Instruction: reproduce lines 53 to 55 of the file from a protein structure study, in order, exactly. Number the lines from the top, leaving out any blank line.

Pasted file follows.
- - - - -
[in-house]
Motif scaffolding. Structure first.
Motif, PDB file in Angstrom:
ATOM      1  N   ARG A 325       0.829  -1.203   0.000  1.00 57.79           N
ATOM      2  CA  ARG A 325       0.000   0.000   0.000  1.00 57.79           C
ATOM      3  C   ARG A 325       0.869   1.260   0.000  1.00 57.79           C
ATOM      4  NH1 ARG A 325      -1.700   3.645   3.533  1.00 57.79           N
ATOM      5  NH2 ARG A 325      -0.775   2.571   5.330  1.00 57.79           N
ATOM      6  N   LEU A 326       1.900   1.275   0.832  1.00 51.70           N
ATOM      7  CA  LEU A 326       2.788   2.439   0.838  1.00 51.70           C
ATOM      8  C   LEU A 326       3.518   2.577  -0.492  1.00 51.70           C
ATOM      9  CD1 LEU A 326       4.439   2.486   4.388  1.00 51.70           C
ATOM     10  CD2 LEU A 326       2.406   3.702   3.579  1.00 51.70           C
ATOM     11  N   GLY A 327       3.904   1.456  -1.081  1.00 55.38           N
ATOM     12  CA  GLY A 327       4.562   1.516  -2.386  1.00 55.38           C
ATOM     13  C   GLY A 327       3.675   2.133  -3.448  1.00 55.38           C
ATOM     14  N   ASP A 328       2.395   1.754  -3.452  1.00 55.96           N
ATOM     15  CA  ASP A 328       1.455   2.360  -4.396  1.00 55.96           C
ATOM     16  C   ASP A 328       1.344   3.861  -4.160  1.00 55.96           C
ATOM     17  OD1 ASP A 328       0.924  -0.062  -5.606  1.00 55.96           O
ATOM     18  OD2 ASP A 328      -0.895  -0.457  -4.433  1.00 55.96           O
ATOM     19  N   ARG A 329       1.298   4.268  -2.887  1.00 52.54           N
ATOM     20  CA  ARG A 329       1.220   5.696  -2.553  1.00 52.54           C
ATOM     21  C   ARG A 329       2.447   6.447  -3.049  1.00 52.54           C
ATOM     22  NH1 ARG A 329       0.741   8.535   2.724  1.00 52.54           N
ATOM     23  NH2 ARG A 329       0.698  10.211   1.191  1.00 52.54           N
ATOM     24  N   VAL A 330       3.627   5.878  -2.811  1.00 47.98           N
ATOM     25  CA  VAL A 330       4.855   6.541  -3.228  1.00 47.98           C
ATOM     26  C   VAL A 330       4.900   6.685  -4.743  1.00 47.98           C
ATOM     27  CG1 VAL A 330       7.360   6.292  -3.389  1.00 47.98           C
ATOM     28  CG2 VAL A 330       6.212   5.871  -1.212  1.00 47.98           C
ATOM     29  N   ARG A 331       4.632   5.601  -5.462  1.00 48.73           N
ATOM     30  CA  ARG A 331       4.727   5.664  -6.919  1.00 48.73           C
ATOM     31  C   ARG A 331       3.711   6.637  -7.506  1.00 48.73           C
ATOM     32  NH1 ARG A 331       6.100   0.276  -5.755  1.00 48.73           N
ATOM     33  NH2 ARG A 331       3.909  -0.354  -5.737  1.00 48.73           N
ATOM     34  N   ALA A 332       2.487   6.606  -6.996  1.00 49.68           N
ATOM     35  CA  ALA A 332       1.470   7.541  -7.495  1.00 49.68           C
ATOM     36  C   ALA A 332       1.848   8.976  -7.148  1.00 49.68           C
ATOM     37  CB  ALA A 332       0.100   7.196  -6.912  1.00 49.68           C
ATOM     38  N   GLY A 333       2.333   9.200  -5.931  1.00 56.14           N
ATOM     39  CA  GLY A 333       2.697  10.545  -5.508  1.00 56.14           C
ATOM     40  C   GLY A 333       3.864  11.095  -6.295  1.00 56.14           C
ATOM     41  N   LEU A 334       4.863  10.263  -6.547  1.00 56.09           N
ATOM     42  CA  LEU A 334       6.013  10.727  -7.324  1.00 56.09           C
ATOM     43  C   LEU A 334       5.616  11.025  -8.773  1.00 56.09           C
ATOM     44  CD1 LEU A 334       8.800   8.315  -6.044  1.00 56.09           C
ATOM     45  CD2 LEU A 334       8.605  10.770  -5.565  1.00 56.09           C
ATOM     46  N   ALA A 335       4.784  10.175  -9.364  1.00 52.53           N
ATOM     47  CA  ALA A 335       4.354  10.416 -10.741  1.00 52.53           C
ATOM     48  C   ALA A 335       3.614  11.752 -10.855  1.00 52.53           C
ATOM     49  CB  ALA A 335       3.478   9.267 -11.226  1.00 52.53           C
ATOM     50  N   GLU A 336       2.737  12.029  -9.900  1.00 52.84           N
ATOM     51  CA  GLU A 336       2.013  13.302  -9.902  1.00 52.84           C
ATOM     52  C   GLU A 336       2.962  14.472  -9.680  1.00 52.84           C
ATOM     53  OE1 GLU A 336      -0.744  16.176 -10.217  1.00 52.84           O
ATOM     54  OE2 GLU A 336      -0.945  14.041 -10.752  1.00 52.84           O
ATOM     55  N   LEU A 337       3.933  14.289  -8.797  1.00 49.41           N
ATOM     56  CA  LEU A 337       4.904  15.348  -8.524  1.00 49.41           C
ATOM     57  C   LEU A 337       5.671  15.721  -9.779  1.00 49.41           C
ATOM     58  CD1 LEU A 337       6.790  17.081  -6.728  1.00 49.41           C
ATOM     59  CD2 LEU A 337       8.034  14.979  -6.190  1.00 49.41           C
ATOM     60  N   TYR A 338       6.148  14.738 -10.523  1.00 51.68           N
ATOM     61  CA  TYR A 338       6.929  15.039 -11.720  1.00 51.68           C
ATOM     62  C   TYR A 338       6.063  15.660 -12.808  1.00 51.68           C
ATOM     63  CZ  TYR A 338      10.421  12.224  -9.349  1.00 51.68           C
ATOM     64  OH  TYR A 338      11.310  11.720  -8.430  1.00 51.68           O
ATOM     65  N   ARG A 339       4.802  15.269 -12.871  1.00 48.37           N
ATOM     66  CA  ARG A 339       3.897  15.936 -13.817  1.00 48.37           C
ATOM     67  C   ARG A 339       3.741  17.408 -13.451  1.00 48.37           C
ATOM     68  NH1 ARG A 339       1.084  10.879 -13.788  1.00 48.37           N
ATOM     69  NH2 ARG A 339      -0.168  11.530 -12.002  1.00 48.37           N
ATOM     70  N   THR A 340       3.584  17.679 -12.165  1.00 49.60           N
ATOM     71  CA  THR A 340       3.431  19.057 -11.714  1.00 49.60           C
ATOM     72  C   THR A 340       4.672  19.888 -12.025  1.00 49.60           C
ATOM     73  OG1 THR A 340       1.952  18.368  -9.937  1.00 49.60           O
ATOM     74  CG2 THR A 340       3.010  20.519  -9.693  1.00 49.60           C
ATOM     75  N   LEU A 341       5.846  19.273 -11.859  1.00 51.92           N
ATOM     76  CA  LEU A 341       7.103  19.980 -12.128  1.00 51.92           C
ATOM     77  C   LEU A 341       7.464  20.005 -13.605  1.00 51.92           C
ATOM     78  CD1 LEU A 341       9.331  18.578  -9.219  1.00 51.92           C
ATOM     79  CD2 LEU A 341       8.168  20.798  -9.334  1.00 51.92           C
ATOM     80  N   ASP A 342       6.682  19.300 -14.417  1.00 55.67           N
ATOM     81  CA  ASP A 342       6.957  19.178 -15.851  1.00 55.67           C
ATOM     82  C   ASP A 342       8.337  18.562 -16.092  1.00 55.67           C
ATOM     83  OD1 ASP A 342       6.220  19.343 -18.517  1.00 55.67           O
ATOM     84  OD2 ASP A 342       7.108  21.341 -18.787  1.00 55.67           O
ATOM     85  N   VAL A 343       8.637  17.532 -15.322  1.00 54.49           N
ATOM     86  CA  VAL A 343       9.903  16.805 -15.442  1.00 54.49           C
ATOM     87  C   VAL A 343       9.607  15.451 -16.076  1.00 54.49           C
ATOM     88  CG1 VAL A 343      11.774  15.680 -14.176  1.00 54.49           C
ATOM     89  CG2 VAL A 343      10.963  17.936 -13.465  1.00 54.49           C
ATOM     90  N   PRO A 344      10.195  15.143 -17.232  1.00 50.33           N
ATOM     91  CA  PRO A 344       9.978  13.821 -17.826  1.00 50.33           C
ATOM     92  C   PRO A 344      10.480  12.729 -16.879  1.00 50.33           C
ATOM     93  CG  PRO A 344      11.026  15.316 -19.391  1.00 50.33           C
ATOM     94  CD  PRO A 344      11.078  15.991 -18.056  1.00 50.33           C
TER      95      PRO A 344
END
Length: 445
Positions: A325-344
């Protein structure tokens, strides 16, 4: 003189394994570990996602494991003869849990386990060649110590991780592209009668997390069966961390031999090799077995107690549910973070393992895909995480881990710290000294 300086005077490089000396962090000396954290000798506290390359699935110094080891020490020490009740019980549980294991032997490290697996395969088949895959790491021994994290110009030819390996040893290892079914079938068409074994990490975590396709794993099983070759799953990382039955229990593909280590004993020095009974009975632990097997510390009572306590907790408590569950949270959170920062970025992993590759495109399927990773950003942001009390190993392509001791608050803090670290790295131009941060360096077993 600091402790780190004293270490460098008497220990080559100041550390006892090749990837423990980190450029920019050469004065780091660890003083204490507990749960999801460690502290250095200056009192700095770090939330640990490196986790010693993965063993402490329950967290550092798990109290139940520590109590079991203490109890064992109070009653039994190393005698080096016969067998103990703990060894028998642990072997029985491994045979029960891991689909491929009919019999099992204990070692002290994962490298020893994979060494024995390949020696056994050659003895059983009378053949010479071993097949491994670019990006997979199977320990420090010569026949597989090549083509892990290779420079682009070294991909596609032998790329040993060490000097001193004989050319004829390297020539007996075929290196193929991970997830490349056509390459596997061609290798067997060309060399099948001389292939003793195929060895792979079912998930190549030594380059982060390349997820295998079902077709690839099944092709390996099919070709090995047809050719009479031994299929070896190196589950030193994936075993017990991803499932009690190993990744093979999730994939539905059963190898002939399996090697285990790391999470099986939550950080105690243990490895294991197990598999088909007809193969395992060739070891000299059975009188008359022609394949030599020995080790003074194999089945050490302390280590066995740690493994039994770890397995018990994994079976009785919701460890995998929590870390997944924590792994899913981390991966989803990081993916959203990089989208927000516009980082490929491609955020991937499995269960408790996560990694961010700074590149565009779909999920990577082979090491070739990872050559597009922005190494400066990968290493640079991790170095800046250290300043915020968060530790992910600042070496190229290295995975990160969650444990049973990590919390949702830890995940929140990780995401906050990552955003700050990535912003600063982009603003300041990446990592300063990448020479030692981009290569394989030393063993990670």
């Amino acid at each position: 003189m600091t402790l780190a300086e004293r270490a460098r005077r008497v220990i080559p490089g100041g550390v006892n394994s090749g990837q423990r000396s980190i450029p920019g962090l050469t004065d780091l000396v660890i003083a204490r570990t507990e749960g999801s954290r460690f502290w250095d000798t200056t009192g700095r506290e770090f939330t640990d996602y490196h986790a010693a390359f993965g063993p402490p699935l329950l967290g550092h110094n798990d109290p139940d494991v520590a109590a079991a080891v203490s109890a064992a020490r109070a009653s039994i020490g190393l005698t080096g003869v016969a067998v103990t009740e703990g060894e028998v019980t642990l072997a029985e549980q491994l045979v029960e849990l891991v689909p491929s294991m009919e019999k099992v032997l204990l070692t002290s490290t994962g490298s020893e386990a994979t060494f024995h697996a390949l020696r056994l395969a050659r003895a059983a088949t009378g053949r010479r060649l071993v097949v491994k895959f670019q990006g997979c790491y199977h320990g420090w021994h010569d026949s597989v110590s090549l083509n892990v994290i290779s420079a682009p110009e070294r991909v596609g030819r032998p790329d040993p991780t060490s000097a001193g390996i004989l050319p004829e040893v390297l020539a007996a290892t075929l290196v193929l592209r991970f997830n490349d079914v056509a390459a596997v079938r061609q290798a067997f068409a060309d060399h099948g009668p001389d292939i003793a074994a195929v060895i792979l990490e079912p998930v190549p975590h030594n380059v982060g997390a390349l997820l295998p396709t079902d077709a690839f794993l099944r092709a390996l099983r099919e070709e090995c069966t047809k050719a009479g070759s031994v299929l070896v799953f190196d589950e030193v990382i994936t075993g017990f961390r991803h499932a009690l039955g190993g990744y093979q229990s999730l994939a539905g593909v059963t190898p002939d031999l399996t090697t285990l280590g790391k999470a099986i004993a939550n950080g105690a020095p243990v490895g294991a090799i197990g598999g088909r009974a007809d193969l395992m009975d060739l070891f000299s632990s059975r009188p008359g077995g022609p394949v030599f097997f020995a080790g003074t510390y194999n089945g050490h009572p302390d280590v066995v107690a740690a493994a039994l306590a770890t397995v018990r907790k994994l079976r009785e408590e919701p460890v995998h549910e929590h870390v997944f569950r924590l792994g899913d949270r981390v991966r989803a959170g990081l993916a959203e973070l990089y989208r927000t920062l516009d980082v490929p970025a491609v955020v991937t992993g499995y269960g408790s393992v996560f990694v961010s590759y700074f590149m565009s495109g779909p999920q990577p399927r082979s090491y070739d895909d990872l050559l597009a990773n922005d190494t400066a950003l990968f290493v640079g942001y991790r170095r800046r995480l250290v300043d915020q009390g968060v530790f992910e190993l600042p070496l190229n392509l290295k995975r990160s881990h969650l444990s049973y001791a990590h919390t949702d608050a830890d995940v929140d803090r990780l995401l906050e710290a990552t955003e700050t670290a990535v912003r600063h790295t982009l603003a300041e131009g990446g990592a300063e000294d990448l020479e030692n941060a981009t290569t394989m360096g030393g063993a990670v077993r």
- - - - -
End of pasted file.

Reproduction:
ATOM     50  N   GLU A 336       2.737  12.029  -9.900  1.00 52.84           N
ATOM     51  CA  GLU A 336       2.013  13.302  -9.902  1.00 52.84           C
ATOM     52  C   GLU A 336       2.962  14.472  -9.680  1.00 52.84           C